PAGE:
Original English Version (Spanish Translation Coming Soon)
Author: Looking Owl
My name is Looking Owl. That is my whole name, and I am 16 years old. My story is about my journey, my immigration Odyssey and the present and impending circumstances I have faced in the U.S.
I am from El Salvador from a rural community with huge hills and mountains and deep rivers that come from it, called San Antonio. I lived there with my mom. She is adorable and eloquent. My grandmother and cousins with whom I used to play, and the moments that I spent with them are remembered and cherished.
Growing up was a little sad because I grew up almost without my father even though I used to visit him. While in the school, my classmates would ask, “where is your father?” I used to tell them with a sad voice that he was away for a while, that he had to work. I was studying, doing very well, thinking of going to the university and become a doctor but that wouldn't be easy. One day, surprisingly that changed because my father said he decided to come to the U.S where my aunts were, and they said that coming will be good for me due to challenging situations of the country. He wanted me to go with him, telling me that I will be studying and accomplishing my goals. The idea of better opportunities are not always to come to the U.S., but the circumstances give us no other choice.
After that, suitcase in hand, we left behind our dusty rural town. Two days had passed and we were out of my country chasing the so-called American dream that I soon would find out, was not easy. In complete secrecy I found myself crossing Guatemala. My father said “prepárate que vamos de mojado” in the search of the land of opportunities. Few days passed, filled with buses, vans, and frequent rests along the way, going through Guatemala to finally reach near of Mexico where we remained in something called “la bodega” for 5 days before initiating the travel in Mexico, where I became two times “mojado”. From time to time we called home to chat with my mom who sounded like she was crying and that was understandable. Miles and miles separated us, and I am her only son. When I was saying goodbye she was not crying, she said, “I will be crying of happiness when you my son get your goals done so I will be proud”. Again in Mexico I asked the time, loudly somebody said 4:50.
We got into a rusty and shady truck and embarked into days of long trips until we reach the city of Villahermosa where we met other persons, exhausted of walking and running under the pressure of the coyotes who do not care about you, who looked us as easy money. They were preparing a huge load, so to speak. Just a week later at 8 o'clock they yelled to us “vamos.” We all entered a bigger van, suddenly the people began to pile up like animals. Besides me and my father in total, more than 50 people were there in that small and dark space. All of us “dreaming” women and children and men, we were all there. Twenty two hours passed to reach the city of Reynosa. I got off really thirsty, numb, sweaty, and hungry. That was the last “stays” until we crossed the well-known Rio Bravo. We walked little bit, then “migracion” caught us. I didn't know who those people dressed in green were. I was in a complicated process to finally give us to my family already here. The only thing I know is that I have to give my best to be a man of good, to make my mom proud.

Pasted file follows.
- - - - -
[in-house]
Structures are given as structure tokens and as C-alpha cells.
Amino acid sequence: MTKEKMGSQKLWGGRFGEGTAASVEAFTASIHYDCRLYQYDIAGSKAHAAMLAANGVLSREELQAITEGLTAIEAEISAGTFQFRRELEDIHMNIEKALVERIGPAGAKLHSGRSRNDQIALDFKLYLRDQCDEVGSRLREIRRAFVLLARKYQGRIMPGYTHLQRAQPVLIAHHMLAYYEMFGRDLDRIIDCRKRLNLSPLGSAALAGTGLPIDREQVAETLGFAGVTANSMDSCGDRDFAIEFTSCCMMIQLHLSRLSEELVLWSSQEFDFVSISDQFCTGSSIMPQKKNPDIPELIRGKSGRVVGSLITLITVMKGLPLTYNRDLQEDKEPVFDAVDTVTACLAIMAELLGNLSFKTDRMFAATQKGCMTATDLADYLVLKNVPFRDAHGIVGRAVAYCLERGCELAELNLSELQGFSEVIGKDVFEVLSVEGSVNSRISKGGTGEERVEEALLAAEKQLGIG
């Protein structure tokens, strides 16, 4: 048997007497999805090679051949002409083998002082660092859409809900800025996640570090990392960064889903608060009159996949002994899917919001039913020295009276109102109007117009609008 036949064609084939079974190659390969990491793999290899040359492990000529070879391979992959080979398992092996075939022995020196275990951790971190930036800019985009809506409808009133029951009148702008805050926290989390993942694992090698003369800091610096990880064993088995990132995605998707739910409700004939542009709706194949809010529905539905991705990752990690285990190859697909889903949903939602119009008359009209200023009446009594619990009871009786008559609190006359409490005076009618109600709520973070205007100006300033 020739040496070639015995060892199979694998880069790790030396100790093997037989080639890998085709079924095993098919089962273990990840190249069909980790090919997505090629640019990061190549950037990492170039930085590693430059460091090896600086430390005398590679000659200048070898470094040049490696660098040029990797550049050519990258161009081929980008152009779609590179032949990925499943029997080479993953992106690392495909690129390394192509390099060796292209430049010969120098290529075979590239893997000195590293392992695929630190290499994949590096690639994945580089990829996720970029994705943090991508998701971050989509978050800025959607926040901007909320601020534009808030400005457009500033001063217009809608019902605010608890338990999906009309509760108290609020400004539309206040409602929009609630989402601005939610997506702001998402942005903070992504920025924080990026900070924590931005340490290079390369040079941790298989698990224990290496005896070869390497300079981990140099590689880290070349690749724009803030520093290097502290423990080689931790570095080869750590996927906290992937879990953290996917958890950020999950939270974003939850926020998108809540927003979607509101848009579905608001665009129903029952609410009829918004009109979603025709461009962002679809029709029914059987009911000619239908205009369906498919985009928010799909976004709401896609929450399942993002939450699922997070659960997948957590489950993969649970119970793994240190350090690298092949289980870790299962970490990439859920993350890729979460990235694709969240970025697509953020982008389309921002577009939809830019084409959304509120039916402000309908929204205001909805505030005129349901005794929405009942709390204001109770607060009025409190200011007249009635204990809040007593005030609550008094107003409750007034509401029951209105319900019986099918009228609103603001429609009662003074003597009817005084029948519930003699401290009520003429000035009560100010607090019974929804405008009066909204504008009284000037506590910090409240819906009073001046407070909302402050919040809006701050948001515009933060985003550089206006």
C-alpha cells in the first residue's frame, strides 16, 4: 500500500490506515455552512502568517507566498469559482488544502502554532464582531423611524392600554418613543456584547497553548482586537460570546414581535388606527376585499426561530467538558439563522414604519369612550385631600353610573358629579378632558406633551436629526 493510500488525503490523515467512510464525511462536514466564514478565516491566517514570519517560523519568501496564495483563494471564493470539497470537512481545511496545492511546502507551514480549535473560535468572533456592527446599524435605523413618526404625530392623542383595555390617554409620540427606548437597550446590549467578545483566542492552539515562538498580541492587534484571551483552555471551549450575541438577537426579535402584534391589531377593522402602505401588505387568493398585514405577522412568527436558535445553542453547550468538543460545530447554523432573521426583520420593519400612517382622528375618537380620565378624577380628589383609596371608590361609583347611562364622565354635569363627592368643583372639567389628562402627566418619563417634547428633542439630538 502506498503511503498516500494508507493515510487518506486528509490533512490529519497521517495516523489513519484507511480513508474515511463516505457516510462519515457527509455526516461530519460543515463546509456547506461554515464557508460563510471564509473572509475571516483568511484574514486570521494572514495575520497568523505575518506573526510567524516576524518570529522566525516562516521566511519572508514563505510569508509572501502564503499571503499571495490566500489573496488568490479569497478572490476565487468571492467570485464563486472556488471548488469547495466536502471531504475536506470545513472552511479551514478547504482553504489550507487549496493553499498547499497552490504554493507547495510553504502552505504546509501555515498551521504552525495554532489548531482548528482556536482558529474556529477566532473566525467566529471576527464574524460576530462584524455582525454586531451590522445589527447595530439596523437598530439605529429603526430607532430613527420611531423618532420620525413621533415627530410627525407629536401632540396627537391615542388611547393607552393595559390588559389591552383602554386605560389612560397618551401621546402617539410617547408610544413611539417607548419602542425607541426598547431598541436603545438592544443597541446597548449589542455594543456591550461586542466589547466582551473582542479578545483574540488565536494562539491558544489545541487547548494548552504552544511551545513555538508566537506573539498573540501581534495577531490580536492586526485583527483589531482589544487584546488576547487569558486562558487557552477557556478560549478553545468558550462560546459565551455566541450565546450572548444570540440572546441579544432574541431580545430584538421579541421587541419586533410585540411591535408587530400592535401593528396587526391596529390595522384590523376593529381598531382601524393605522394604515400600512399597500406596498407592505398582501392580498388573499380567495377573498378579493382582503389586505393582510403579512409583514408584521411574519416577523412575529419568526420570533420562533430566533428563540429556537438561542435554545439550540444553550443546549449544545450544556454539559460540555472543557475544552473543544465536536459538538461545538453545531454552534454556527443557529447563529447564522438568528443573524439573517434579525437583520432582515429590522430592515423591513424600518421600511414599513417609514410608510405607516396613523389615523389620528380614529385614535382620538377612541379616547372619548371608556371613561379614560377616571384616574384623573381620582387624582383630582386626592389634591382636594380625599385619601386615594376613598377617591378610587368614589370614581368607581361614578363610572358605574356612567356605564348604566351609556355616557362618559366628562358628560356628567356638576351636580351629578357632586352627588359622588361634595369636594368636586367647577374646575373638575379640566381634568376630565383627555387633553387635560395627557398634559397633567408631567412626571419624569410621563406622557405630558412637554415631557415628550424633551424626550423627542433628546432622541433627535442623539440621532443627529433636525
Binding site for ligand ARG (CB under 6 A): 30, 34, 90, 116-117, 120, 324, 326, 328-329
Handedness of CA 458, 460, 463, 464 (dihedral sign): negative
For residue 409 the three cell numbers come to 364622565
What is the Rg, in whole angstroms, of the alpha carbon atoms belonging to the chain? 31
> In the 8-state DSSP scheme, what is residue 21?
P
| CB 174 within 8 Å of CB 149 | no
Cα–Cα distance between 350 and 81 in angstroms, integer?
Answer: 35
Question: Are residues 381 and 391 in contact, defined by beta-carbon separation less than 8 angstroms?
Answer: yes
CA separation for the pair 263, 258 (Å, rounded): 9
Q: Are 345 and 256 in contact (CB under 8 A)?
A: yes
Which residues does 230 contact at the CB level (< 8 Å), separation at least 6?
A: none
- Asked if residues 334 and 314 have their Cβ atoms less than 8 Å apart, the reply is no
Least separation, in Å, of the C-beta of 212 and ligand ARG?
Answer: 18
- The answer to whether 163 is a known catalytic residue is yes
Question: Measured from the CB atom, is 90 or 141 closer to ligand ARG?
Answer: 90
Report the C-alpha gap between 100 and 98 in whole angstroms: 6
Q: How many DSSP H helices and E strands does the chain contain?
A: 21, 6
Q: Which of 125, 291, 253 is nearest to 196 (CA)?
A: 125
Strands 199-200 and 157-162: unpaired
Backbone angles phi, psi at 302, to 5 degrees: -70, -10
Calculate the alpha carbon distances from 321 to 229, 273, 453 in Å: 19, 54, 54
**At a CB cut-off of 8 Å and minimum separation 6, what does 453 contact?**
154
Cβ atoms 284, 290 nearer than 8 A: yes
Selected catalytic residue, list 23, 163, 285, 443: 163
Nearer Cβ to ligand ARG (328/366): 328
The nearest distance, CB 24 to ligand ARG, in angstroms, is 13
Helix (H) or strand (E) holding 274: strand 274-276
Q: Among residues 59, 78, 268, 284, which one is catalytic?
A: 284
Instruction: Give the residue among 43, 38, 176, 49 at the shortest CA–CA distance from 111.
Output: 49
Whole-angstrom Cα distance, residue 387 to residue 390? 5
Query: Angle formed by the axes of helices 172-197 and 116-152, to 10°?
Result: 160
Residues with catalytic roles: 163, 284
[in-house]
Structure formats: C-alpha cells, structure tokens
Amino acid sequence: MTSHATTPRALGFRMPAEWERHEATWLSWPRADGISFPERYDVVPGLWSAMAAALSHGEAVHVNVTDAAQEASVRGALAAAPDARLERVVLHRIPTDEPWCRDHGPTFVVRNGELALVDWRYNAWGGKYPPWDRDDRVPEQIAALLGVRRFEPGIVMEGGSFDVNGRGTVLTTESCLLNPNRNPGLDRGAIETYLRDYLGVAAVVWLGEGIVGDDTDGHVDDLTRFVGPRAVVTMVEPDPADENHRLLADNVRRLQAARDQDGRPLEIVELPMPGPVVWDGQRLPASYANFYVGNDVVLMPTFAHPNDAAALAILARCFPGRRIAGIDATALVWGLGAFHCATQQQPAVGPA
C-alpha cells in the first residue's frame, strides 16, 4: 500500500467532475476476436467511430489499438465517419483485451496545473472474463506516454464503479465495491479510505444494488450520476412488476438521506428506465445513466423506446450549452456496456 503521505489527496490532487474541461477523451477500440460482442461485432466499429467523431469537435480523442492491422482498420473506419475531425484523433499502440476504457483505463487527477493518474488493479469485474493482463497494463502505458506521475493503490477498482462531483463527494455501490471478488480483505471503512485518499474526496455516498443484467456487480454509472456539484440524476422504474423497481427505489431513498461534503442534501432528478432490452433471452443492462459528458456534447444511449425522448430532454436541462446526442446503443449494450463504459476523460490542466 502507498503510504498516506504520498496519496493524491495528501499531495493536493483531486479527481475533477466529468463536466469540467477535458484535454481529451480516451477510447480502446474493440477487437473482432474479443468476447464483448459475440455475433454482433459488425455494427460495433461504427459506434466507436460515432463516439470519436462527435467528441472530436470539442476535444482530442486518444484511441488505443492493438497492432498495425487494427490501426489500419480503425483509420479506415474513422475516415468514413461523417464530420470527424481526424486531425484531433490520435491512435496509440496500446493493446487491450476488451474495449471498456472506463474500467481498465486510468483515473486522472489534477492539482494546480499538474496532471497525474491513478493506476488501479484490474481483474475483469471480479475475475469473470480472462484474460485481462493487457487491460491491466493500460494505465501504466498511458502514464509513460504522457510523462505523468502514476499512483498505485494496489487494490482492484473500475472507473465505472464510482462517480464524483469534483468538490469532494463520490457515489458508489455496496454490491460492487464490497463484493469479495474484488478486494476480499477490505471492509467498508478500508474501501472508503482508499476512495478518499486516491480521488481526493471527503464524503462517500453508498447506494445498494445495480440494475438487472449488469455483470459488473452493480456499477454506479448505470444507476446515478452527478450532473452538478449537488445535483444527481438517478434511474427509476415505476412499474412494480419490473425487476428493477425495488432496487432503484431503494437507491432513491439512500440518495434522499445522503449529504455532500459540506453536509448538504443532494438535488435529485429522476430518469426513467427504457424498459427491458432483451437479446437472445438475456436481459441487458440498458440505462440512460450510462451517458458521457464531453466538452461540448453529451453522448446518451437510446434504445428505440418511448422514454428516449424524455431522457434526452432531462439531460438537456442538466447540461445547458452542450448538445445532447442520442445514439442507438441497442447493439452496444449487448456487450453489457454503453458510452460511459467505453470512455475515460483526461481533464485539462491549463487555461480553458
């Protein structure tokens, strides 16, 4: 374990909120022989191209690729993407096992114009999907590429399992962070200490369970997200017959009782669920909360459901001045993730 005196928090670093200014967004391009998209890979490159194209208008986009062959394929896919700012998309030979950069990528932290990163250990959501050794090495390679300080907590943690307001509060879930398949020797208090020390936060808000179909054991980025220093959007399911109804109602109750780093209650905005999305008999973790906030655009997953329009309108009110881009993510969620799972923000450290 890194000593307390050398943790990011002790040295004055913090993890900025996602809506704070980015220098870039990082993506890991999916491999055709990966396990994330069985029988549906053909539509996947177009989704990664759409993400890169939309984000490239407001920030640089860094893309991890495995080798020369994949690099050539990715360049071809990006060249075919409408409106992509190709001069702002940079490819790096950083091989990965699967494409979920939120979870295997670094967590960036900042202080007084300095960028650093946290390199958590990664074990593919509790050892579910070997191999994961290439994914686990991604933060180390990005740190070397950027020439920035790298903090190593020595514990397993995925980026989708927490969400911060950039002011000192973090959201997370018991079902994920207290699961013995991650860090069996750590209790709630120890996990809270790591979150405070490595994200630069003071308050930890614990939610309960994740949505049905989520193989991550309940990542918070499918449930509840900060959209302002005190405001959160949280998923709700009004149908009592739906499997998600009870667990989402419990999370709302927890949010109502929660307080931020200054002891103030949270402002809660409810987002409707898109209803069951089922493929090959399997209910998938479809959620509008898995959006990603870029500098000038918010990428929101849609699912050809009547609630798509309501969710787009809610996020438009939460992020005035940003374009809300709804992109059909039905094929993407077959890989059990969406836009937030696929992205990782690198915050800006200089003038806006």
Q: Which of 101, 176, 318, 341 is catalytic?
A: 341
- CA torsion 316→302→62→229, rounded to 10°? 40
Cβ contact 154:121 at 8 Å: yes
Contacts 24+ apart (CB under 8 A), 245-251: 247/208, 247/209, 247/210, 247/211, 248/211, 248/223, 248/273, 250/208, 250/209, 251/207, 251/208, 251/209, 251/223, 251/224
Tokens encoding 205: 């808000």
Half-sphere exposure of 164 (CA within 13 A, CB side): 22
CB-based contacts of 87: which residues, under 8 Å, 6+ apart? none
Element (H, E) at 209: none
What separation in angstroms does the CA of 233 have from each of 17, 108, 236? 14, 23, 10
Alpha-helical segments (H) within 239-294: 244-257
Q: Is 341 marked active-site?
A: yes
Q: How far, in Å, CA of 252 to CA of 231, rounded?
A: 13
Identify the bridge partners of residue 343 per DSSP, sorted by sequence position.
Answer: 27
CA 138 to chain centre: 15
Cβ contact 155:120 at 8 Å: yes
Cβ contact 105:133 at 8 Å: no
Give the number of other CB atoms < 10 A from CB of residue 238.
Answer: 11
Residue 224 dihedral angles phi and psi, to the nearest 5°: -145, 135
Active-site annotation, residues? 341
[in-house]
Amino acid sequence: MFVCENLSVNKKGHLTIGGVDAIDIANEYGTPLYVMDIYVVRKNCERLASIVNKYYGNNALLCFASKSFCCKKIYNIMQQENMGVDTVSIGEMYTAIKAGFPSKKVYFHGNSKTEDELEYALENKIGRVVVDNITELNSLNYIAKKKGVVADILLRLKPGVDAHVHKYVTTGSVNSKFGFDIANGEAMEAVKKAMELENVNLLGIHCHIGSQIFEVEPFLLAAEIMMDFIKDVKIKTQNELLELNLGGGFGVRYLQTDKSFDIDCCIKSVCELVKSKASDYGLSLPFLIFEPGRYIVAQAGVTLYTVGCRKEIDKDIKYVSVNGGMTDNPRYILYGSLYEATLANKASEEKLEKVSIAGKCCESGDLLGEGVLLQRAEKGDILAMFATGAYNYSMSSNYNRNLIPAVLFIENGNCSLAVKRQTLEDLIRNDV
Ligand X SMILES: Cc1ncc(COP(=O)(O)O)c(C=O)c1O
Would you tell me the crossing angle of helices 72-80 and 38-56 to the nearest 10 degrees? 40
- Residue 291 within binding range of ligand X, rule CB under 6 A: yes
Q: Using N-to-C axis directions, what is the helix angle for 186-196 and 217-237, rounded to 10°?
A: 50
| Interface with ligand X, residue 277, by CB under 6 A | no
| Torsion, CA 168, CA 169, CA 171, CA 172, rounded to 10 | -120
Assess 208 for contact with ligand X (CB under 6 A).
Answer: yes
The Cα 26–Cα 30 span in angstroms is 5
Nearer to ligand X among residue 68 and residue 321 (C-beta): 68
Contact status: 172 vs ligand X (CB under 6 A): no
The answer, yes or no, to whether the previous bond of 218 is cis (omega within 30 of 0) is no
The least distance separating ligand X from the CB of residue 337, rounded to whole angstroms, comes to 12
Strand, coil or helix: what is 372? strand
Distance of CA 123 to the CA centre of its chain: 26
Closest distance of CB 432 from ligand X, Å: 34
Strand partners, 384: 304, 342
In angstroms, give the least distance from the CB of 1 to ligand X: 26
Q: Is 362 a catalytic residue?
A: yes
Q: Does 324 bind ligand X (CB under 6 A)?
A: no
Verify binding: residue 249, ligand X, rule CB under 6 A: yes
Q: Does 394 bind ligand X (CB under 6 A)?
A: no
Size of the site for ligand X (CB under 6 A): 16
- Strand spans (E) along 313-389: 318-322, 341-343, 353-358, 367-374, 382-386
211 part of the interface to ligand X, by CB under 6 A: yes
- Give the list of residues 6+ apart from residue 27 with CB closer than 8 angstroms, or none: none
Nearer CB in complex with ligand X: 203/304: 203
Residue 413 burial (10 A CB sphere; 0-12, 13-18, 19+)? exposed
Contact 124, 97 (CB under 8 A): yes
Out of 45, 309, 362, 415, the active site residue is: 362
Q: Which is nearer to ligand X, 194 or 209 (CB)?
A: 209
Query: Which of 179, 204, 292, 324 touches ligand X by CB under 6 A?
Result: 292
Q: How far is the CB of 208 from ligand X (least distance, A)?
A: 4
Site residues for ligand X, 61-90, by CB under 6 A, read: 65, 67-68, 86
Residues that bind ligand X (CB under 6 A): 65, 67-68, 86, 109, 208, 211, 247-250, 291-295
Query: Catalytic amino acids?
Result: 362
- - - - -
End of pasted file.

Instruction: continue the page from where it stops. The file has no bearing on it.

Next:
I am in the school right now, which is a path to my goals. I am really happy with the people I have met, and I am learning English. It is easier to embarrass myself every time that I try to speak it, than travel hiding through Mexico. My graduation year is in 2020. I will be cheerful because I know all the way, all I have done has been of benefit.
Yet, what is like for an undocumented immigrant to be here in United States of America? From my personal experience and understanding, I know that it is not easy when you feel the financial pressure, even when a father and mother work even three jobs because they have a family on their backs to support. It is not easy when you are an undocumented student who does not speak English. Running against a clock to be able to put a step at the doors of a university with little time while at the same time working hard to earn some money and to survive, it is not easy.
It is painful when you feel discrimination by people who perhaps maybe did not receive love, and they have grown a rock in their heart, and in their minds a cloud reigns. It merely seems to be the product of non-understanding or the impediment to see beyond, to understand the deep and complex issues that plagues our societies. To see that the reason we migrate is because the U.S, has affected our nations in bad ways economically and politically.
I am shocked, I am astonished to see that the suppose beacon of liberty that this country says it represents as a government, that without hesitation, it is able to rip out a young child from his family, whose innocence does not allow him to perceive what is happening, and put them in cages as if it is an animal. Families belong together.